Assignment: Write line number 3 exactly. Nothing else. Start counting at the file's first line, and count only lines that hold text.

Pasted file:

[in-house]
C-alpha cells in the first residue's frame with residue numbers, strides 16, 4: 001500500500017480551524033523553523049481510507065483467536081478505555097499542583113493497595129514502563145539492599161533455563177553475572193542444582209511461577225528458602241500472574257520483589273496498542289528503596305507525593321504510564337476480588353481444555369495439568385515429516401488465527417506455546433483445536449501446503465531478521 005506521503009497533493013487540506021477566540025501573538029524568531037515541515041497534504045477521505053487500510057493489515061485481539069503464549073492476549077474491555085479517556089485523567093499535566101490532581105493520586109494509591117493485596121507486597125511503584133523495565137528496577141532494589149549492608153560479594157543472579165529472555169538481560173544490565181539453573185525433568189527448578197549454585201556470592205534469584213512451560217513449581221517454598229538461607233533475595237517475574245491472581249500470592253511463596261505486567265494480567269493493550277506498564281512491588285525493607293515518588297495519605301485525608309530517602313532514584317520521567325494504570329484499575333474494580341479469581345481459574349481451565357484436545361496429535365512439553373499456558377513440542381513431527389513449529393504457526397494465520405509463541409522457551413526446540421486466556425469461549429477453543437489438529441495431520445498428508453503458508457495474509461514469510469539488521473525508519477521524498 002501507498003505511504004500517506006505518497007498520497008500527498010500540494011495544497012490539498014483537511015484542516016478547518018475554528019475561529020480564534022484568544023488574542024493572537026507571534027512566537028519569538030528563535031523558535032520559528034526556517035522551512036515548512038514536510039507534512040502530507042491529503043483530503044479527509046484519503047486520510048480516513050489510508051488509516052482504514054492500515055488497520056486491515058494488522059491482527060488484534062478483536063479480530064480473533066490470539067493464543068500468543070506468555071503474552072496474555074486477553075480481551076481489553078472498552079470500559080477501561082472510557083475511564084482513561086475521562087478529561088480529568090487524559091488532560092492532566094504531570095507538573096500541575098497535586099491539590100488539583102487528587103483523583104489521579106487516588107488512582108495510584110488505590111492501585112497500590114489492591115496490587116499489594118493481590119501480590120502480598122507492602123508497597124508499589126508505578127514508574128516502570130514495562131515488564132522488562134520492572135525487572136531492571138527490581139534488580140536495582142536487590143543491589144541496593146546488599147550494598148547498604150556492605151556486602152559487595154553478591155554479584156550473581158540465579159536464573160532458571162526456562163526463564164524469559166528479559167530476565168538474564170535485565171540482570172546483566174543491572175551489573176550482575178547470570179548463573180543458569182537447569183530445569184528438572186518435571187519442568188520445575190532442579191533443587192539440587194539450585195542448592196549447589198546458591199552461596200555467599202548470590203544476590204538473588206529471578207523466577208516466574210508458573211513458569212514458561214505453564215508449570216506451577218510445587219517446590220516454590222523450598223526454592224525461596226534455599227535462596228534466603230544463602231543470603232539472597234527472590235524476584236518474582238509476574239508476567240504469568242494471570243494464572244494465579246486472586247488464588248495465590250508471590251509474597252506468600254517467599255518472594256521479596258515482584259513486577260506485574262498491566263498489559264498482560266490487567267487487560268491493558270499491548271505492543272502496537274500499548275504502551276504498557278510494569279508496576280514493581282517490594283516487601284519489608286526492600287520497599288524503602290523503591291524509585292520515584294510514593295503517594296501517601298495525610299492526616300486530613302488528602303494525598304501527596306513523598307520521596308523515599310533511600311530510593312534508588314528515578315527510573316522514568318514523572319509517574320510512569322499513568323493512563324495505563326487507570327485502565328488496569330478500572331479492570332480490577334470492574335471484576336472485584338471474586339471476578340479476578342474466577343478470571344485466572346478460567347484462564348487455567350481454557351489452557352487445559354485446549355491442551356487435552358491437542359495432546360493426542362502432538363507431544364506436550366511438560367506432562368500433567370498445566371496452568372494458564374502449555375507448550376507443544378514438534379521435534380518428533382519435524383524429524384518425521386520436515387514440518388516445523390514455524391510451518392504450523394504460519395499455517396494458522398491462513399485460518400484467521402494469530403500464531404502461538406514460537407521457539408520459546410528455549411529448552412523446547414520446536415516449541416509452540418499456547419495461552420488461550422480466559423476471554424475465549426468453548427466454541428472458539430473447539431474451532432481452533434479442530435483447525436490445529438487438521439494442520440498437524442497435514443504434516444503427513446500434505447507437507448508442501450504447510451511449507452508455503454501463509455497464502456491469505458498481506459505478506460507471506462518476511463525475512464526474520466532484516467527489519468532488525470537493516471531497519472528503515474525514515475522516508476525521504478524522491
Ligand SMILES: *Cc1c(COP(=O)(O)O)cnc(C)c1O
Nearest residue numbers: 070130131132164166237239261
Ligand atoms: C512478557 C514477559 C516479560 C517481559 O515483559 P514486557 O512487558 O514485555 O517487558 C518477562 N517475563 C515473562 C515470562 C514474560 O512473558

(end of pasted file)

Ligand SMILES: *Cc1c(COP(=O)(O)O)cnc(C)c1O